This week is Maths Week in Ireland, an annual celebration of mathematics designed to promote a positive attitude to maths among schoolchildren and adults. All sorts of events are taking place at Universities, Institutes of Technology, museums and schools throughout the country. There are public lectures on topics like maths and magic, the maths in your ipod , statistics in real life, and probability in practice. (Yours truly was down to give a talk on the maths of the LHC experiments, but it didn’t draw a big enough audience…I guess the maths of particle physics isn’t riveting for everyone, I should have chosen a more obvious application of maths in everyday life).
William Rowan Hamilton was undoubtably the greatest mathematical genius Ireland has produced – and possibly one of the greatest mathematicians ever. He made many contributions to maths and physics, in optics, dynamics and algebra, but is probably best known in mathematics as the inventor of quaternions. In theoretical physics, his best known (and constantly used) work is of course the Hamiltonian operator – the operator used for energy in quantum physics. As a consequence, the Hamiltonian appears hundreds of times in every textbook on quantum physics!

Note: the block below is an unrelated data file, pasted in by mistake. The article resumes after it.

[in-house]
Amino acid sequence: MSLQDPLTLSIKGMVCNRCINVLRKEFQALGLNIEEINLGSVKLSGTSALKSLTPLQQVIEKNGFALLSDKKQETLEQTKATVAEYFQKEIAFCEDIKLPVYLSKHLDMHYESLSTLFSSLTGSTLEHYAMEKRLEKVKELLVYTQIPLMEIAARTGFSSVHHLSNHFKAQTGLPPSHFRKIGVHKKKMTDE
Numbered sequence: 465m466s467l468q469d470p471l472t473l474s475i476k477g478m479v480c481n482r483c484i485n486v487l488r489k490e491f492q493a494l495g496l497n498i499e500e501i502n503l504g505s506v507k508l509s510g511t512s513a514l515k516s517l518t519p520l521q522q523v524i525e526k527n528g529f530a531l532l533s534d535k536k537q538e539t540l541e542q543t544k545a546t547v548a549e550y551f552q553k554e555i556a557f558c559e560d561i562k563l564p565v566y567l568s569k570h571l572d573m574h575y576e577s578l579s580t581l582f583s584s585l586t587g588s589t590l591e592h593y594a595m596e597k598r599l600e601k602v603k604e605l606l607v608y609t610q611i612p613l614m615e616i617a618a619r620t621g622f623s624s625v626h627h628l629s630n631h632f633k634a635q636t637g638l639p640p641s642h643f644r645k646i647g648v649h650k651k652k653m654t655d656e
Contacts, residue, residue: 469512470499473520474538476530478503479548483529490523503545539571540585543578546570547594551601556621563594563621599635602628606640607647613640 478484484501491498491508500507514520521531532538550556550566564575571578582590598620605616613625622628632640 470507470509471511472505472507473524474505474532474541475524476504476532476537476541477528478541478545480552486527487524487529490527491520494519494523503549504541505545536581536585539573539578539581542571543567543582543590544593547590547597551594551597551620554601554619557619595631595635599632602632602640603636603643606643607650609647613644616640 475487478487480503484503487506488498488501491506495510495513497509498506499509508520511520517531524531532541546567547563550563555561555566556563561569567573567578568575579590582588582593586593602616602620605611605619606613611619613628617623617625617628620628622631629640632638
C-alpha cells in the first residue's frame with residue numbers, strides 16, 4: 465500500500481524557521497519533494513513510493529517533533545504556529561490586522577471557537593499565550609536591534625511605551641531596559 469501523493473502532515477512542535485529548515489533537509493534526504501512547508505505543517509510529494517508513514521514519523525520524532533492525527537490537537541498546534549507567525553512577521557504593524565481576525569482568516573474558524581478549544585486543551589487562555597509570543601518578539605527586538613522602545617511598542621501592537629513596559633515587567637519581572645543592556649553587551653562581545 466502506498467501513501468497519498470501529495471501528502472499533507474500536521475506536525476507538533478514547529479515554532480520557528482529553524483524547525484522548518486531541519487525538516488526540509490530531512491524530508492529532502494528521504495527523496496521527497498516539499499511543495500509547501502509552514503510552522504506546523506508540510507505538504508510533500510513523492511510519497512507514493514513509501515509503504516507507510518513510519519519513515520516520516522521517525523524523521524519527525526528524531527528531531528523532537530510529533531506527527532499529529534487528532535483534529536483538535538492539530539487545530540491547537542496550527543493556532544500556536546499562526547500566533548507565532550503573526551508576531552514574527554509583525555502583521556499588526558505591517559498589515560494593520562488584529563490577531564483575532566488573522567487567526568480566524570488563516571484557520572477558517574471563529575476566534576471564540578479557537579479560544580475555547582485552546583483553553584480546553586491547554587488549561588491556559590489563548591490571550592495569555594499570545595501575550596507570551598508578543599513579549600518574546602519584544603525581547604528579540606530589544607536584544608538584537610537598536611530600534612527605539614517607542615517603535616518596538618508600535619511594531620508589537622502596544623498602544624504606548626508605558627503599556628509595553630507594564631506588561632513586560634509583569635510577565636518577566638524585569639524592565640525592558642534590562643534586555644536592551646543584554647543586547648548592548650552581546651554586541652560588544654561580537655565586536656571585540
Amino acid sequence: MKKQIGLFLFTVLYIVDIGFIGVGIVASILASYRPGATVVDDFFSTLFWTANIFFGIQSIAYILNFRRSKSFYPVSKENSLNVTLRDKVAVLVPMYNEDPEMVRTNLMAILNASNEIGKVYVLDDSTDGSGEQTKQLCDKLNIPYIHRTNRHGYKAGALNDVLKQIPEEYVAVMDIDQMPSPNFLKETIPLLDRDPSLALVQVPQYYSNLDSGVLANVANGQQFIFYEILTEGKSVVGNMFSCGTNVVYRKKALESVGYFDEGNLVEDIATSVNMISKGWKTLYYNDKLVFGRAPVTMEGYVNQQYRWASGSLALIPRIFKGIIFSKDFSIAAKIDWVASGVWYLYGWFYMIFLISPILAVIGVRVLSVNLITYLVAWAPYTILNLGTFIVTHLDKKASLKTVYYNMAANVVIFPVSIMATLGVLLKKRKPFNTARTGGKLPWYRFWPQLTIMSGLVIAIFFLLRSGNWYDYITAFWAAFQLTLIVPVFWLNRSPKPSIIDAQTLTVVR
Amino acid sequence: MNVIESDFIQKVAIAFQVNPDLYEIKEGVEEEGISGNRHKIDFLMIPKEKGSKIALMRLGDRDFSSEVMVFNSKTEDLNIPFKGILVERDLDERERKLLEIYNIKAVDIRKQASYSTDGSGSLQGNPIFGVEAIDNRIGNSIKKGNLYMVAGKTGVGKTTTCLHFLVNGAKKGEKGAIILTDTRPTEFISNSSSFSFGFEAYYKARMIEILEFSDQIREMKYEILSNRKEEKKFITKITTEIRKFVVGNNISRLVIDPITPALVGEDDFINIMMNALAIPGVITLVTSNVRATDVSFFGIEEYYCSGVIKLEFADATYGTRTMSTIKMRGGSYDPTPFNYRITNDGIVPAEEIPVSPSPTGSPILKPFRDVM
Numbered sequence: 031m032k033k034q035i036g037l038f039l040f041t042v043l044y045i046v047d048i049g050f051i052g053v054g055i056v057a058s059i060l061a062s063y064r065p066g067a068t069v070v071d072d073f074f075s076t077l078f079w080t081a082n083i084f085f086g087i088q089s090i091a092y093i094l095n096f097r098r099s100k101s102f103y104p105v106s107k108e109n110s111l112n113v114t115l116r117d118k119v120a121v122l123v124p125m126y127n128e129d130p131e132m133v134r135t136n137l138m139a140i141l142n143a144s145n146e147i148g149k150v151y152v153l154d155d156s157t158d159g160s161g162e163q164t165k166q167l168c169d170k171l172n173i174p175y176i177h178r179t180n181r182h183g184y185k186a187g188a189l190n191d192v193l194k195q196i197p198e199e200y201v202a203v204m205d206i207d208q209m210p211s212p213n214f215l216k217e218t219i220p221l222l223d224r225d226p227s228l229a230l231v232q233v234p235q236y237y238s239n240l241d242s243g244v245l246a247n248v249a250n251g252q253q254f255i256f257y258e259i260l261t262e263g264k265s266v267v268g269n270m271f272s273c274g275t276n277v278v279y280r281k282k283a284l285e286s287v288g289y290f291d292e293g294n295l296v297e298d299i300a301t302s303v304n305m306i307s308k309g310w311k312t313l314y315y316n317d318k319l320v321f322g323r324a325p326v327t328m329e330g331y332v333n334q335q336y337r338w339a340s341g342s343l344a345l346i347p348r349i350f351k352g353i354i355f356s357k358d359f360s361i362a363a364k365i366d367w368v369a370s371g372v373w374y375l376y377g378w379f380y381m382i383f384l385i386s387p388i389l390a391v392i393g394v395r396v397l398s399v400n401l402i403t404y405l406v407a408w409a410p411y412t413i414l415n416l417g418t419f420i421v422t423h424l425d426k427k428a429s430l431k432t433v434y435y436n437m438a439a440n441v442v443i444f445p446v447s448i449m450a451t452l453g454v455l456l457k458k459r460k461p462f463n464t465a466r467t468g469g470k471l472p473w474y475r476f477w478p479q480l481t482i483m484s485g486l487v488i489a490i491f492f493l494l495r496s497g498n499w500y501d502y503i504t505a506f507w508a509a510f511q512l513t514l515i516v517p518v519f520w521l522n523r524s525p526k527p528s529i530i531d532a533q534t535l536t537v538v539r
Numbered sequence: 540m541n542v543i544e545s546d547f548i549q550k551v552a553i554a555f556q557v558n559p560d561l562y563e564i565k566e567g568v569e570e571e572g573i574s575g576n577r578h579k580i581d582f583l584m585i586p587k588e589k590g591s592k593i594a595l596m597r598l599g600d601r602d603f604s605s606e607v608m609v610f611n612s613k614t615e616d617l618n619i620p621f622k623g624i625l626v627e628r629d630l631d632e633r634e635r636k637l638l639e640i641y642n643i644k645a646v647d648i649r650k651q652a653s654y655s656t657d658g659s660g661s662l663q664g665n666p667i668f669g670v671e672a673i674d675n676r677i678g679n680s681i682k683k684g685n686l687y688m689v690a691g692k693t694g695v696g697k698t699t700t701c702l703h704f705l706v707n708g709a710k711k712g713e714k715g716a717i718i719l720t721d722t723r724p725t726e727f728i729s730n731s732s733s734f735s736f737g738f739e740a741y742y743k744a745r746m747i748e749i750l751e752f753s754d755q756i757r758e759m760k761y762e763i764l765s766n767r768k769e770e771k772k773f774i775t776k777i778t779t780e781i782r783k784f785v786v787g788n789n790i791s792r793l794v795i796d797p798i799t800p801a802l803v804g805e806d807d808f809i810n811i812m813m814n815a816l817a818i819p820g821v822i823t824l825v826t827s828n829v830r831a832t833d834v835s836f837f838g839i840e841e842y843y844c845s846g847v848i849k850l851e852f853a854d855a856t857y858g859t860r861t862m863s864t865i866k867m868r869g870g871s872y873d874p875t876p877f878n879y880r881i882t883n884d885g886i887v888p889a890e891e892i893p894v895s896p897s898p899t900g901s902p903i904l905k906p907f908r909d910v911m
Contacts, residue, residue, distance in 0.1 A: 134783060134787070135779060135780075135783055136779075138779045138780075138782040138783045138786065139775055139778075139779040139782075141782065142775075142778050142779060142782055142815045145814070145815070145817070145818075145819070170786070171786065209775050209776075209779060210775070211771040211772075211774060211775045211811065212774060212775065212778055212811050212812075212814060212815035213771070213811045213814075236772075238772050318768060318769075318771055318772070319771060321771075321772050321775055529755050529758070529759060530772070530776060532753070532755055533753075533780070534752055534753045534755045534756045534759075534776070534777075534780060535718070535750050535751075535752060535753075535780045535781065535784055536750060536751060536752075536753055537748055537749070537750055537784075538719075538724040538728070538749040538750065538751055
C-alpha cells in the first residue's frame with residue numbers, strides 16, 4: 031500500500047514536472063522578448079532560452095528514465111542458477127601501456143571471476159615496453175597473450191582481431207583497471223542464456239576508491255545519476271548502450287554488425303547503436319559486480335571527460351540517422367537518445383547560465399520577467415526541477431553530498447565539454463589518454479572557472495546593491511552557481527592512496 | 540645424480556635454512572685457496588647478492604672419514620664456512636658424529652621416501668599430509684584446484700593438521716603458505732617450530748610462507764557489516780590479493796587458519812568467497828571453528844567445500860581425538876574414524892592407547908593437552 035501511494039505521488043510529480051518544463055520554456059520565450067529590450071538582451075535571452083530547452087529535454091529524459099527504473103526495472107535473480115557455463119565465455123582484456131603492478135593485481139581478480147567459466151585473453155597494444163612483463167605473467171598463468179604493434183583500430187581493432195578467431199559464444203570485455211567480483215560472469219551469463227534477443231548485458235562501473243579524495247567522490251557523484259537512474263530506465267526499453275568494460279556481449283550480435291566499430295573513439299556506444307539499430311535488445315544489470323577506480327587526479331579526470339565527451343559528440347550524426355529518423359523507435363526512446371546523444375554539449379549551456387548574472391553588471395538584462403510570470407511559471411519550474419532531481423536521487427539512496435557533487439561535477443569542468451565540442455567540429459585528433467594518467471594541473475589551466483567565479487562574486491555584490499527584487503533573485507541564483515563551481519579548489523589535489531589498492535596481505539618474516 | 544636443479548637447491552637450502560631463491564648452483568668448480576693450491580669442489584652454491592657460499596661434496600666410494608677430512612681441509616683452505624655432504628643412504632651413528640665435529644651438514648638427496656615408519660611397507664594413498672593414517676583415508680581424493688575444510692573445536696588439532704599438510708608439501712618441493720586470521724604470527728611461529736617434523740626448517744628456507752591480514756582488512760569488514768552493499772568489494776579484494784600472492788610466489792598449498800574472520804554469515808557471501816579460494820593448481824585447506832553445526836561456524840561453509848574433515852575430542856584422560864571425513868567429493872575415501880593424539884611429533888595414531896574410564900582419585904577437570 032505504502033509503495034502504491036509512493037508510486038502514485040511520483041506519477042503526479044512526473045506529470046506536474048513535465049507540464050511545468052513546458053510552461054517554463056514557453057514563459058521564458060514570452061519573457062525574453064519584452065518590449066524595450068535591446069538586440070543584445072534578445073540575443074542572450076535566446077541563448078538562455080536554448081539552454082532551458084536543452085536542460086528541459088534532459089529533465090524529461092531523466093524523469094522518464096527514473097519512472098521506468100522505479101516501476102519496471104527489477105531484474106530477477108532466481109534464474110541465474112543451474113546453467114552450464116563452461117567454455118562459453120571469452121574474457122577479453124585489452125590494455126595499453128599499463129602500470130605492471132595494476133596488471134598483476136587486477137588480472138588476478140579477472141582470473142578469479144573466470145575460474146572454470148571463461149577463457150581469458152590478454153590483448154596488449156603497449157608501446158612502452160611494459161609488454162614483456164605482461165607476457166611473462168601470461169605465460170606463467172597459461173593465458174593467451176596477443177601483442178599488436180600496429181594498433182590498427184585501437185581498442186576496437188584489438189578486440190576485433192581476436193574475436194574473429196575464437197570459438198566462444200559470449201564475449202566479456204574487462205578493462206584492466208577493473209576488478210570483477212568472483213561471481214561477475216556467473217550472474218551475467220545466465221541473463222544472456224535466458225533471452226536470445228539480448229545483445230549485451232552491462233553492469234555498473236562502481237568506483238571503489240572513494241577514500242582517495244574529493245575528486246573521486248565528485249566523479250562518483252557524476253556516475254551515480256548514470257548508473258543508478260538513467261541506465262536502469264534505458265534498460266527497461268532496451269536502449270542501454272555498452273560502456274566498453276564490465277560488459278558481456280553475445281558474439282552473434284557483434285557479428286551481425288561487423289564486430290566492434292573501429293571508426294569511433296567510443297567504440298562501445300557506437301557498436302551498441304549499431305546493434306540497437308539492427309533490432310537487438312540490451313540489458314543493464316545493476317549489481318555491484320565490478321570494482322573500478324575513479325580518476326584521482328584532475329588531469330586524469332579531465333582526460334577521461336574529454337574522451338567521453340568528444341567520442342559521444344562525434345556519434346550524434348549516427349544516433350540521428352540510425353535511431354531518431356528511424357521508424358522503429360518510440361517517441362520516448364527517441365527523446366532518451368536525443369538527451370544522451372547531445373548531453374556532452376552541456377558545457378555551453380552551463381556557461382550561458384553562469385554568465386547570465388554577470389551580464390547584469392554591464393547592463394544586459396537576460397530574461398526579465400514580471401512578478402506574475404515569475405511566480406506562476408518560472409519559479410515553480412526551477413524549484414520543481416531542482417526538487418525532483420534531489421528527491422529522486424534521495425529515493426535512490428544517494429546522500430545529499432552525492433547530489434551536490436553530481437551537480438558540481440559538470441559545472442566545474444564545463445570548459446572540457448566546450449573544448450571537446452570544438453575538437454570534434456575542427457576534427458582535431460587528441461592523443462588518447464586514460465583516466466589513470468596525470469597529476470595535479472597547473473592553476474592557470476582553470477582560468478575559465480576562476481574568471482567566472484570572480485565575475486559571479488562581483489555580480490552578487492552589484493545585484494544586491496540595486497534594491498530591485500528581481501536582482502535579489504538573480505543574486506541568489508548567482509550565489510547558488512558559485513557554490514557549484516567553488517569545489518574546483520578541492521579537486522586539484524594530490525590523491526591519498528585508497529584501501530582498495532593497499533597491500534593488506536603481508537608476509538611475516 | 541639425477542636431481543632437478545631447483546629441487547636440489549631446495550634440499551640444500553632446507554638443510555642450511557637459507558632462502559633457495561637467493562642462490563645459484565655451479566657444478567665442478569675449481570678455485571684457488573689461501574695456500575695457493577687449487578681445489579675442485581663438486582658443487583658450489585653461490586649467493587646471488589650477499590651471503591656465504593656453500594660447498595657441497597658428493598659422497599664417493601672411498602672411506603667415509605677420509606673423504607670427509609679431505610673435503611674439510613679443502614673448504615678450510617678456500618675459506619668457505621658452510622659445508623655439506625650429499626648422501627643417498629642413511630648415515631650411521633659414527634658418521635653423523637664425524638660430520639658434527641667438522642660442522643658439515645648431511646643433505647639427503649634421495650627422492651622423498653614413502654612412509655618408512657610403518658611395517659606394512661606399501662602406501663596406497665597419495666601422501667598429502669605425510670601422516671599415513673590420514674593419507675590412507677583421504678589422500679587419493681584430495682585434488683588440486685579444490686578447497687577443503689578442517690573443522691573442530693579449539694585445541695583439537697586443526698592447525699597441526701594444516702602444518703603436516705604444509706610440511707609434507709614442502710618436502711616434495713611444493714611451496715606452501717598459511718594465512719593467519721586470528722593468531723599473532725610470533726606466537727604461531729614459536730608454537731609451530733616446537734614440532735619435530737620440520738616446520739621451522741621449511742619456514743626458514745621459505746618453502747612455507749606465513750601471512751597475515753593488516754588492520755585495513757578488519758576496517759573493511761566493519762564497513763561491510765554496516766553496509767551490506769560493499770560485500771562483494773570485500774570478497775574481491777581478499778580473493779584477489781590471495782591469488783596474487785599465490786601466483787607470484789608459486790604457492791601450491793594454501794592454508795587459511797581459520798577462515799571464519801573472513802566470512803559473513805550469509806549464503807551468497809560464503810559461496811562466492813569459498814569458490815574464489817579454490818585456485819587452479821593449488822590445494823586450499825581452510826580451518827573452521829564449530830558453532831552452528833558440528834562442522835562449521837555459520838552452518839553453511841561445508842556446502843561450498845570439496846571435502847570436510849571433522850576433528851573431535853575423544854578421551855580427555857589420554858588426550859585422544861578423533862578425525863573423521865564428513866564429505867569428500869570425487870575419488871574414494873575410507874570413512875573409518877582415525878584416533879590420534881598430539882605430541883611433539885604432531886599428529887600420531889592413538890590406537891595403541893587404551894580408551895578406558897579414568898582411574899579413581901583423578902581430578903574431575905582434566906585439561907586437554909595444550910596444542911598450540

William Rowan Hamilton: Irish genius
The Hamilton walk, led by Dr. Fiacre O Cairbre of NUI Maynooth, will follow the footsteps of Hamilton from Dunsink Observatory in Dublin along the Royal Canal to Broombridge. On 16th October 1843, Hamilton saw the equations of quaternions in his mind’s eye while out walking with his wife, and scratched them in the wall of the bridge lest he forget them. The markings are still there, and the walk is re-enacted each year by academic staff, students, schoolchildren and the general public.
Broom Bridge: where the quarternion formula was scratched
For me, the highlight of the week will undoubtably be the Hamilton lecture, given this year by Lisa Randall, the renowned cosmologist and particle physicist who is Professor of physics at Harvard. The title and abstract for the lecture are given below:
Warped Passages: Unraveling the Mysteries of the Universe’s Hidden Dimensions
Do we inhabit a three-dimensional universe floating in a four dimensional space? What if the extra dimensions required by string theory were not curled up and unobservably small, but unfurled and vast, extending forever? Could an invisible universe only a tiny fraction of an inch apart in another dimension explain phenomena that we see today in our world?
These are among the questions that we will consider in this lecture about extra dimensions of space.
Defnitely worth a trip up to Dublin, watch this space!